America has taken another important step toward imposing a global minimum tax

The minimum 15% proposed by the US Treasury and the 21% tax that the Biden government intends to introduce differs between foreign revenues for US companies, and this is good evidence of ongoing negotiations within the Organization for Economic Cooperation and Development on global minimum taxes. Many countries, like Ireland, operate with much lower taxes. The negotiations are due to be completed by the summer.

US Treasury Secretary Janet Yellen ambitiously wanted to reduce the global competition in which countries compete with each other for corporate taxes, causing countries’ budgets to suffer from a shortage of tax revenue. This is especially bad for budgets in a period of rising deficits and public debt in the wake of the coronavirus pandemic. Janet Yellen’s stance is a sharp shift from the dismissive behavior of former President Donald Trump.

The 15% that the Americans proposed is already very close to the 12.5% ​​that was negotiated by the Organization for Economic Cooperation and Development, which appeared to be a consensus even before the United States joined. TheZ- The convergence of the American position at this level increases the chances of agreement.

It is noteworthy that regarding the OECD meeting this week, Foreign Minister Peter Szegarto indicated that the Hungarian government firmly rejected the idea of ​​imposing a global minimum tax (at that time it was only possible to know the level of 21%), because the government. However, in the meantime, it is urging the world to take action against the tax evasion practices of major tech companies and Moltis, which a global tax minimum is close to achieving. Read more:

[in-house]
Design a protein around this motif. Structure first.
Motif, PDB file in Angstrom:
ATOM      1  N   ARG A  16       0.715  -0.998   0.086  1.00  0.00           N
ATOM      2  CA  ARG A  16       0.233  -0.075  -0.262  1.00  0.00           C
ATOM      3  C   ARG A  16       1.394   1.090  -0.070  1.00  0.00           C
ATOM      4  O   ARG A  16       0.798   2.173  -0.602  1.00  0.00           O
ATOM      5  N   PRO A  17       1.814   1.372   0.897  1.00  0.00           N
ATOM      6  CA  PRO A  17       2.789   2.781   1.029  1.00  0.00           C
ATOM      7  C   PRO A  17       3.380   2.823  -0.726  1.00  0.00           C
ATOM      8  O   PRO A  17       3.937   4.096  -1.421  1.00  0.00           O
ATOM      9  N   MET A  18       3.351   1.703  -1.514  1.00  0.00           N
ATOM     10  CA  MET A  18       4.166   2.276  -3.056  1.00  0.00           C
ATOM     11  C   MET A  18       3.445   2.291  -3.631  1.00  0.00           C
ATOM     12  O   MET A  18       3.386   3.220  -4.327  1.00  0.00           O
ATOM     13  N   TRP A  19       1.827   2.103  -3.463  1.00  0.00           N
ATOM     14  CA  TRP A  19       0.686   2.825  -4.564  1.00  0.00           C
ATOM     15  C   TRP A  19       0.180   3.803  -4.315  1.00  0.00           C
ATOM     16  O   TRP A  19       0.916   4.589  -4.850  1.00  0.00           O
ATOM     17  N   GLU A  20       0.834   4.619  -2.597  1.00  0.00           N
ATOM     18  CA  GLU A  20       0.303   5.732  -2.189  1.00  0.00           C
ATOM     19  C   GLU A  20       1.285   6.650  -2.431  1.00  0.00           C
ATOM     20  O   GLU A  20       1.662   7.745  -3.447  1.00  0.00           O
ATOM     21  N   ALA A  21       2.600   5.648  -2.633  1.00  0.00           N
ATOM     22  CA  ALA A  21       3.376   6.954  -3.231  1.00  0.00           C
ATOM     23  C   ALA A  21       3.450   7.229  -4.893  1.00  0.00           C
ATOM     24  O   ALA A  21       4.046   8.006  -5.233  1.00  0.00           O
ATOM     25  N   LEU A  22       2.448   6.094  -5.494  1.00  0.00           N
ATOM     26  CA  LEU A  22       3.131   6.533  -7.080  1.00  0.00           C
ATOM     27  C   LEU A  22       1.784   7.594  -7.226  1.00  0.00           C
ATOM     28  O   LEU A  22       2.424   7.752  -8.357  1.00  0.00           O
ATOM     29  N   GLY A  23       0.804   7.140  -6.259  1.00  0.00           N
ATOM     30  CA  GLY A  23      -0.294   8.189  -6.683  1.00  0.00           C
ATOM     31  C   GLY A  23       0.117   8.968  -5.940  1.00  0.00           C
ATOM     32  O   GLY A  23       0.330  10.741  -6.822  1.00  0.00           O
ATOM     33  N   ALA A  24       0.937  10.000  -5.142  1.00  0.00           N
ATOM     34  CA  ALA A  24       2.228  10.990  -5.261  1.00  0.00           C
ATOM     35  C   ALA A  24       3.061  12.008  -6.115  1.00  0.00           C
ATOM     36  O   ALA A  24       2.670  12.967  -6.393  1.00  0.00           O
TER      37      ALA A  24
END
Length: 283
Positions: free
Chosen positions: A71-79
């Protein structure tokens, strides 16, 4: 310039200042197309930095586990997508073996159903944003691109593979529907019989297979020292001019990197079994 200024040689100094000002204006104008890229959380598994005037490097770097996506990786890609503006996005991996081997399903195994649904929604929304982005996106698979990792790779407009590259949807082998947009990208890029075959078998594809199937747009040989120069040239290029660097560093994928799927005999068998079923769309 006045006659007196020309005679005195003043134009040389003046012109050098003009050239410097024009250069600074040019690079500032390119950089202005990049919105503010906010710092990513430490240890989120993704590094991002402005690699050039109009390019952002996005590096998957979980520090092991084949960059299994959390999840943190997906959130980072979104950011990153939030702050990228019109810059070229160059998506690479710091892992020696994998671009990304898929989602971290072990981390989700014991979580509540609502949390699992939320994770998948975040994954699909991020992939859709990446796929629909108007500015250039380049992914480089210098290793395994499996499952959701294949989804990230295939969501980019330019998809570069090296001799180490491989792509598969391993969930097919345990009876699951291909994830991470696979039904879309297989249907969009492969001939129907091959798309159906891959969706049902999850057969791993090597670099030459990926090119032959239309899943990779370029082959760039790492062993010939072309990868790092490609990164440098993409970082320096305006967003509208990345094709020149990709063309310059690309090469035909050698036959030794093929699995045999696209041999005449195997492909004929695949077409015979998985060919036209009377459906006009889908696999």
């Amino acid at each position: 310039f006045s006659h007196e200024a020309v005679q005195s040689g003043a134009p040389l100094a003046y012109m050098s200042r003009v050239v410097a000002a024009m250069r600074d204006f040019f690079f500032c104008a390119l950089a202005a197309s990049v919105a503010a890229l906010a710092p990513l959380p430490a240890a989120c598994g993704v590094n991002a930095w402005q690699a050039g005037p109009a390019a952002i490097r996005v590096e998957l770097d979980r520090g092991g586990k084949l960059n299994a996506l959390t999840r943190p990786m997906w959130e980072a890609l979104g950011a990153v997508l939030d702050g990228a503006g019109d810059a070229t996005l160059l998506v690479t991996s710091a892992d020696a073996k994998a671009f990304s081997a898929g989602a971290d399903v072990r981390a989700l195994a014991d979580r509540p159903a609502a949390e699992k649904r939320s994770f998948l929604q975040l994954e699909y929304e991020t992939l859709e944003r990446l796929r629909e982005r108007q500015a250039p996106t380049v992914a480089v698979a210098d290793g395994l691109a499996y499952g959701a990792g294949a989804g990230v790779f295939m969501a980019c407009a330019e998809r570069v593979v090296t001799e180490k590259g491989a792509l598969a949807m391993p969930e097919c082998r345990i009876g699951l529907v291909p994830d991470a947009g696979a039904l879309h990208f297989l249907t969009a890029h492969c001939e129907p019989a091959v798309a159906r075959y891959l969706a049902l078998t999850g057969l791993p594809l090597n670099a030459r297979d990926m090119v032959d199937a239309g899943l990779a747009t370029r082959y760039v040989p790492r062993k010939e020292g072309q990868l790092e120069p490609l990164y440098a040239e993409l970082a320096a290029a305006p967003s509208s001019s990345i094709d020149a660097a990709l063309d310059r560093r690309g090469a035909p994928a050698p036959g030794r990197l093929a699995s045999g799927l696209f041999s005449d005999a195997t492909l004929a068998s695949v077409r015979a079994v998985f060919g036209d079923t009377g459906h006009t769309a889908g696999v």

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Japanese Finance Minister Taro Aso said the US proposal appeared to be closer to what other countries might accept, but negotiations still needed. He expects no agreement to be reached by the second half of the year. The US’s 21% plan to tax its companies abroad is considered high by both the Irish and the British, although the latter applies a 25%.

Incidentally, Democrats plan to raise corporate tax revenues to 28% in-country from the current 21%, wanting to provide funding for Joe Biden’s infrastructure development plan. Republicans are opposed to both higher global tax levels and local corporate taxes, and not all Democrats support them.

(Bloomberg)

Cover photo: Getty Images

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